As a jewish teenage girl and BBG who attends a jewish sleep-away camp each summer, I am uniquely immersed in my religion. I attended Hebrew school from first grade until my bat mitzvah, and I never really felt connected to Judaism throughout all those years. However, since joining BBYO and attending summer camp for the last 6 years (wow!), I feel as if I have strengthened my connection to God. God, who I don’t know exists, yet somehow keeps me going. (I guess that’s another similarity between religions; they all operate on principles that nobody can really prove to be anything but stories. They are well-named as faiths, as one must have faith in the books and stories they hear in order to believe in a religion.) I used to mumble that I was jewish, embarrassed of being different; now, I proudly wear a hamsa around my neck every day. I pray when I am nervous, and I feel safe when I am surrounded by people doing the same, by people of my faith. Where there is faith, there is hope.
I guess that’s what religions really are to me: hope. Islam is not terrorism. Judaism is not greed. Christianity is not homophobia. It makes me so unbelievably angry when people place others in a box, based on their beliefs. Based on a stereotype perpetuated by ignorant attitudes, prejudiced relatives, and the media. Some of the most accepting people I know are devout Christians, and some of the most selfless and giving people I know are Jewish mensches. And this one needs to be repeated endlessly, especially given our current American president and a common but damaging prejudice from around the world: Islam is peaceful. Terrorists can be Islamic, but Islam is not terrorism. Islam is NOT terrorism. Islam and hate are not correlated, terrorists and hate ARE. There is a difference. Islam, Judaism, and Christianity are hope. Buddhism is hope. We have religions, because early peoples needed something to believe in. While we don’t know if God exists, even after plentiful modern scientific research, most of the world still looks up to a higher power, don’t they? Religion is hope, and it works. It works for a reason, because people need something to believe in; something to be faithful to, something to blame their problems on, someone to follow. That is religion.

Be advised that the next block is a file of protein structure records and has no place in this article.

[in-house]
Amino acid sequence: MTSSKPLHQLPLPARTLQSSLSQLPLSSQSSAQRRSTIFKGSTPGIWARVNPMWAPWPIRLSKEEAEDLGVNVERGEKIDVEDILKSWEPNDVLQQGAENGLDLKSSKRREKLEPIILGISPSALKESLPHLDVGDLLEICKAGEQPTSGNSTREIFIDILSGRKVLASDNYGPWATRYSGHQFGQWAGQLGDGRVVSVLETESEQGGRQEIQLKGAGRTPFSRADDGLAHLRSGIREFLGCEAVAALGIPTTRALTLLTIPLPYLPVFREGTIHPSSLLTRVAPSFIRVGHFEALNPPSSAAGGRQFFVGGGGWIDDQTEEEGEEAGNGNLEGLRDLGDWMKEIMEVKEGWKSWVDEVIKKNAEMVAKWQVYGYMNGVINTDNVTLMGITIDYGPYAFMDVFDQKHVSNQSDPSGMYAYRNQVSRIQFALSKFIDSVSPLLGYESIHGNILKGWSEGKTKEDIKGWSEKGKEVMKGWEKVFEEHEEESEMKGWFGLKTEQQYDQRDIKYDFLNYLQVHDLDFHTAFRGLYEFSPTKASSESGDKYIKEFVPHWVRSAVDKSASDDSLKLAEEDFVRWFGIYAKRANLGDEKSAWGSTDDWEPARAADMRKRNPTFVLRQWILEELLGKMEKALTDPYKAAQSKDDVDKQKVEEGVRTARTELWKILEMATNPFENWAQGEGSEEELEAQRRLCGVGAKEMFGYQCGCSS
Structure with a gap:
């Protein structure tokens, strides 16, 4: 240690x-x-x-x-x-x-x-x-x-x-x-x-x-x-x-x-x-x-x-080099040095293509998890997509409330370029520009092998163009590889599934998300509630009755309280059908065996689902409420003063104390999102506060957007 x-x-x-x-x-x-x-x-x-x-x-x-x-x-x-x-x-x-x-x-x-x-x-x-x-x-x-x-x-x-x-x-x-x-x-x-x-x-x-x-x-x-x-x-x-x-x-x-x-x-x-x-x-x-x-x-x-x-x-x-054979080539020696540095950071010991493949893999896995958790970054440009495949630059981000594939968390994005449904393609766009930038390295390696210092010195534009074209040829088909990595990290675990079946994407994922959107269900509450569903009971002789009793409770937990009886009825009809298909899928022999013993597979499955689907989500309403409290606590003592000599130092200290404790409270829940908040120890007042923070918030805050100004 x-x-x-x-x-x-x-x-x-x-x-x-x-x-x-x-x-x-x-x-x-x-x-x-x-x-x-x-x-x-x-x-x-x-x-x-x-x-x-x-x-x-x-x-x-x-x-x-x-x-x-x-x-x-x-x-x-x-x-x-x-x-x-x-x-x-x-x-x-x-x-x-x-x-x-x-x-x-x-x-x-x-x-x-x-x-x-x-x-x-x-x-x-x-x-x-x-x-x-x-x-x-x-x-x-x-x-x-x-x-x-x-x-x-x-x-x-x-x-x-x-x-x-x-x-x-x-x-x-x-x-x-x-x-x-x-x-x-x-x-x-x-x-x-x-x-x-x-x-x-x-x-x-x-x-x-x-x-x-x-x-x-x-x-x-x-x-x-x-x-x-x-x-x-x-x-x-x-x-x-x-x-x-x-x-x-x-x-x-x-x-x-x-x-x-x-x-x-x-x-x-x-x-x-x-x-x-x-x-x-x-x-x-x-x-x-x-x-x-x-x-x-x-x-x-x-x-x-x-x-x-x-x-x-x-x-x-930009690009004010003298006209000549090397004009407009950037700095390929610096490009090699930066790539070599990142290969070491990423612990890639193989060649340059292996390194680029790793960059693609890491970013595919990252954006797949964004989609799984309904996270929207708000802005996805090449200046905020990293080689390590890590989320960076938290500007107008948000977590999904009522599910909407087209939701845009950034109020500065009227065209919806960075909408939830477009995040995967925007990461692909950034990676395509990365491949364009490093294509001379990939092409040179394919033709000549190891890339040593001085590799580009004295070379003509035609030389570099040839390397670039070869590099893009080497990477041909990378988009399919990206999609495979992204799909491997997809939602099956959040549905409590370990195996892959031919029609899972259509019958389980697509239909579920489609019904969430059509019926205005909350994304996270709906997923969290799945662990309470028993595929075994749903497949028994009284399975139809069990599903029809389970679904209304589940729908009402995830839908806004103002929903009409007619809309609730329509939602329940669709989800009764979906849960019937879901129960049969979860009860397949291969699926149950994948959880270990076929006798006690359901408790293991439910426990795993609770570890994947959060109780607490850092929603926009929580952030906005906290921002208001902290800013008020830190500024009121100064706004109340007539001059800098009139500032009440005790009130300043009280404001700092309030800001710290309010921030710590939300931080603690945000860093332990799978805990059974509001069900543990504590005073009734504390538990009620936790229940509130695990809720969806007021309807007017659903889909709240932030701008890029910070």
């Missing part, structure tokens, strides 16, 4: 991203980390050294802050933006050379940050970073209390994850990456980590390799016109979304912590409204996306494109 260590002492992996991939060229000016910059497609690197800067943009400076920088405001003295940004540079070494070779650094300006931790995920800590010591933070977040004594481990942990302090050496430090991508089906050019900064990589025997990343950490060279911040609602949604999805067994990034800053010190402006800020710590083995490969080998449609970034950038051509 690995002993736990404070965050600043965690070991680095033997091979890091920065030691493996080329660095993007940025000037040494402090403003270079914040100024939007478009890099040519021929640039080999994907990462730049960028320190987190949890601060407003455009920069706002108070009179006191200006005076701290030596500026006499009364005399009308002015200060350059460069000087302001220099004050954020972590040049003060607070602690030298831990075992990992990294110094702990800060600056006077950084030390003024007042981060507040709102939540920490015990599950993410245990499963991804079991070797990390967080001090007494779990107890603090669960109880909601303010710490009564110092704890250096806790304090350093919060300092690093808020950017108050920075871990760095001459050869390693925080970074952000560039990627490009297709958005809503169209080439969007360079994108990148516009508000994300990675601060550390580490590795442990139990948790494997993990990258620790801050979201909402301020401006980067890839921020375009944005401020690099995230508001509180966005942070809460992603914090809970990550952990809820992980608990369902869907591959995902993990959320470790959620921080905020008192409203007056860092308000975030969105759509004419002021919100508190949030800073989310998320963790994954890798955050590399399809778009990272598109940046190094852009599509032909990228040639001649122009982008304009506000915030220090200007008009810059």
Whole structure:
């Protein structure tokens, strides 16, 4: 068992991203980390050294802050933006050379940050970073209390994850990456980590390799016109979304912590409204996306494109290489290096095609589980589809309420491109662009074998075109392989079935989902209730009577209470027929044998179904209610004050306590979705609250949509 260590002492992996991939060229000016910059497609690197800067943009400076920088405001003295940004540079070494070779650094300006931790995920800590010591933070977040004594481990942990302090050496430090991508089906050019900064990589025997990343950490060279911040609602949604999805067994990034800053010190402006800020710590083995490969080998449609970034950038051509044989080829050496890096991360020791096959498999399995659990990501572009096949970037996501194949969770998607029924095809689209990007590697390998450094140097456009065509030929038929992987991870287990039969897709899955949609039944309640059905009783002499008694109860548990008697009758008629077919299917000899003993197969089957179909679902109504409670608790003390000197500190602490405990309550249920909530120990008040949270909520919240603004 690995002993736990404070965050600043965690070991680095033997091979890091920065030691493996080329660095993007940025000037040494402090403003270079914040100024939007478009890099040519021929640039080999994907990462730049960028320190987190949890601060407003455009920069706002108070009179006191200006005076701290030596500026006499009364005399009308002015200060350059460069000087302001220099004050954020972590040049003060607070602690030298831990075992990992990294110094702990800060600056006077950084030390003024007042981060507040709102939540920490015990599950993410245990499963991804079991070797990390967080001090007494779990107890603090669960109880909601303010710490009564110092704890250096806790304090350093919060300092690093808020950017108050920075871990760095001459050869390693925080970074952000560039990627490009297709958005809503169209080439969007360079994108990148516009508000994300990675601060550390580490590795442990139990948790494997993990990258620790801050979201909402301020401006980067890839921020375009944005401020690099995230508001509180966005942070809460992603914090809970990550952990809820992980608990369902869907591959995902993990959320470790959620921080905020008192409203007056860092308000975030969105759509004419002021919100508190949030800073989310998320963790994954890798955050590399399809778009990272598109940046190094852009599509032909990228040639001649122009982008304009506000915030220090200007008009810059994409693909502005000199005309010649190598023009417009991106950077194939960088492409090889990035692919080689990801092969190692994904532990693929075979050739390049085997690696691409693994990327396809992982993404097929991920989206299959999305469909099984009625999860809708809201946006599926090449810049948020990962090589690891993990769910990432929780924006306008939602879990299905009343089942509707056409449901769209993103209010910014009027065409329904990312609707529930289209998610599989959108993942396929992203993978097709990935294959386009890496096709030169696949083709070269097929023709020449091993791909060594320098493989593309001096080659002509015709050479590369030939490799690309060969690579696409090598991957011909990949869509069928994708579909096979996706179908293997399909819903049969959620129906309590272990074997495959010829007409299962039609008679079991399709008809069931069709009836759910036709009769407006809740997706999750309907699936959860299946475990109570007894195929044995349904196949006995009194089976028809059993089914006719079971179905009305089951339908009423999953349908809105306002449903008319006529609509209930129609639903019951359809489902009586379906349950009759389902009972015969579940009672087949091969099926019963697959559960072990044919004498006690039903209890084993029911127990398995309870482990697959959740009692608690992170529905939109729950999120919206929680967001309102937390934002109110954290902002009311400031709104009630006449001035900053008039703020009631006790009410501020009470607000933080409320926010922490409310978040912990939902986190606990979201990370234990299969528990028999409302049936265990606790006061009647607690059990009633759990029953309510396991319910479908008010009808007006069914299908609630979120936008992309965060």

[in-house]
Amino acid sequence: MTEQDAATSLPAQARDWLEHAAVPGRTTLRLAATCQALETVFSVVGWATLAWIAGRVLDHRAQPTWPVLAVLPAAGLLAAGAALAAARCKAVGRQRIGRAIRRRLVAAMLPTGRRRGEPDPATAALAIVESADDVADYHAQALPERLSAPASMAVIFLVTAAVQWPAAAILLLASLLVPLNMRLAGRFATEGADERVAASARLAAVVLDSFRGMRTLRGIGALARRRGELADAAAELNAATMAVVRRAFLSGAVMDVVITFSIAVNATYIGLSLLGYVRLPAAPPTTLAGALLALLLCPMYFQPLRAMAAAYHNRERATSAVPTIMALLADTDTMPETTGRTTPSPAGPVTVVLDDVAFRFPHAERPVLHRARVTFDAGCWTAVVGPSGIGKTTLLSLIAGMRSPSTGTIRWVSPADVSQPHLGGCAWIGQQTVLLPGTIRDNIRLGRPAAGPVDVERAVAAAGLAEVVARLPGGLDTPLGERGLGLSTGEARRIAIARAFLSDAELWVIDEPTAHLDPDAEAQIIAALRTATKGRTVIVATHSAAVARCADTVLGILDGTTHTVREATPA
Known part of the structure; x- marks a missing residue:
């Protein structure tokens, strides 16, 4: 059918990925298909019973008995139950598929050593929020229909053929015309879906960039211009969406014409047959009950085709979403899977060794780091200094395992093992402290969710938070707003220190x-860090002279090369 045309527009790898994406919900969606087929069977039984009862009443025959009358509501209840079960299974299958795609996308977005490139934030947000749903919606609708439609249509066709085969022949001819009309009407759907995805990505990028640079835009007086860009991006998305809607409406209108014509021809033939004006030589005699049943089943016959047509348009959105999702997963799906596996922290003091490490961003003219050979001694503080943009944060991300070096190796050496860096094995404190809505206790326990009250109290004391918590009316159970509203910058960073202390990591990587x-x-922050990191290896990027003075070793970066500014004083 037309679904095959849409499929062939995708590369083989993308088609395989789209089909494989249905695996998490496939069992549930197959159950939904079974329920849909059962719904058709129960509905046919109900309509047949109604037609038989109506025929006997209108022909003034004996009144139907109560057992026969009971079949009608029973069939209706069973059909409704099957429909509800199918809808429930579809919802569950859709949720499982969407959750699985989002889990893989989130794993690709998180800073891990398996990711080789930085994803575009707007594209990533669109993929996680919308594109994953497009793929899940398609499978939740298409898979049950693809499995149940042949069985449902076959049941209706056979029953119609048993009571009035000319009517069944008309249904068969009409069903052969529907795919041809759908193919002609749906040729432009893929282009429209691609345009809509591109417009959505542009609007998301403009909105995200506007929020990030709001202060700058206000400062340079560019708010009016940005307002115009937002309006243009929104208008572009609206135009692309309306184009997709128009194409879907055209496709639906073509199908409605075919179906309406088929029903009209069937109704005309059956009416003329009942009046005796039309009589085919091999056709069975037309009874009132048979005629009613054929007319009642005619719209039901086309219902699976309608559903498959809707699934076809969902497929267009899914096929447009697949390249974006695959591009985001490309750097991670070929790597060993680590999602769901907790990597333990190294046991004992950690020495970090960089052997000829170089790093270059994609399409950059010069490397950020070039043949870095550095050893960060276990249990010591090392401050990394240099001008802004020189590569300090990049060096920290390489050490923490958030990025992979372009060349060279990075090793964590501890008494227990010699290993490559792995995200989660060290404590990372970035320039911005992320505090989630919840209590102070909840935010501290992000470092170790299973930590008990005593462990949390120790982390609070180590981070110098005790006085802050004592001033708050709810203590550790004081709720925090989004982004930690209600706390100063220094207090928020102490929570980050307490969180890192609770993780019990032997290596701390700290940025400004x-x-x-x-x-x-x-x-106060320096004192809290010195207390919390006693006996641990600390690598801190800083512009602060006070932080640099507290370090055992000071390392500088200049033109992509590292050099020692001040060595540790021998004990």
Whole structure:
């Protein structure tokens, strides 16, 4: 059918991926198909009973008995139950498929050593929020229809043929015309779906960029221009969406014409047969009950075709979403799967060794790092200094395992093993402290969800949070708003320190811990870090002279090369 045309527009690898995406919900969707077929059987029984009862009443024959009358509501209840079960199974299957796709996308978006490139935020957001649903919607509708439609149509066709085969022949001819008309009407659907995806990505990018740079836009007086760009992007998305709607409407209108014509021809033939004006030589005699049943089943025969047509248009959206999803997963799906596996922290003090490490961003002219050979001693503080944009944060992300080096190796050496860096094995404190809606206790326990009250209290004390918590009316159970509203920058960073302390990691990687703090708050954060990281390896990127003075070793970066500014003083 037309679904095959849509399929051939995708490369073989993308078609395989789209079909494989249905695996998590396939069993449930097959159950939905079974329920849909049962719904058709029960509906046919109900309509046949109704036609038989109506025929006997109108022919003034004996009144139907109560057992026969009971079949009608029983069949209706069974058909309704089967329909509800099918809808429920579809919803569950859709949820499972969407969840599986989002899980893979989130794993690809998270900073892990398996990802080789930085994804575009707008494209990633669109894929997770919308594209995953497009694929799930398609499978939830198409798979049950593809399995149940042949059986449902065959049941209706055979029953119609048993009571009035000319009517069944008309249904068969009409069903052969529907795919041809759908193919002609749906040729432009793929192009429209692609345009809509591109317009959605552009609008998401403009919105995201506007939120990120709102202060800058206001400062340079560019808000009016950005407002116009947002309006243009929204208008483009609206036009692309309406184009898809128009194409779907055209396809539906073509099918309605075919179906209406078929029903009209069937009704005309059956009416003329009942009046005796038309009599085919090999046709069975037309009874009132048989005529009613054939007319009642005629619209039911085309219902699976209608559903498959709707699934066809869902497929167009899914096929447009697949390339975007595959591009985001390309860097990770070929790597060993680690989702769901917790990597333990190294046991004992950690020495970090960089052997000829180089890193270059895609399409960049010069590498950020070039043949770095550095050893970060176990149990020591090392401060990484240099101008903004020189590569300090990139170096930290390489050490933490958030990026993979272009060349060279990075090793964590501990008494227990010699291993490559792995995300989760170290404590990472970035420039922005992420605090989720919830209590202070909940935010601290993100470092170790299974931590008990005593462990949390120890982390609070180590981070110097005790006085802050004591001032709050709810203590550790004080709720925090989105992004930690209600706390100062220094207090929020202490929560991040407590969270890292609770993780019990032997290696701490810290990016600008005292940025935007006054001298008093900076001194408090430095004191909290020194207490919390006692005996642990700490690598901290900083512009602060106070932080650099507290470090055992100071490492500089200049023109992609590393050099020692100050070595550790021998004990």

I am a Jew, and my religion means something to me. I am proud to be a young jewish girl. My cousins are Christian, and proudly attend church on the regular. I know people from school who practice Islam; they are devout, kind, and proud. And we all believe in something or another that we don’t know for a fact exists. And we all look up to a higher power. And we all believe in something. And we all have faith. We all hope.
It’s a little bit weird, but it’s everywhere and all-encompassing. And I think that that, that human ability to think and to dream and to believe and to hope, that is amazing.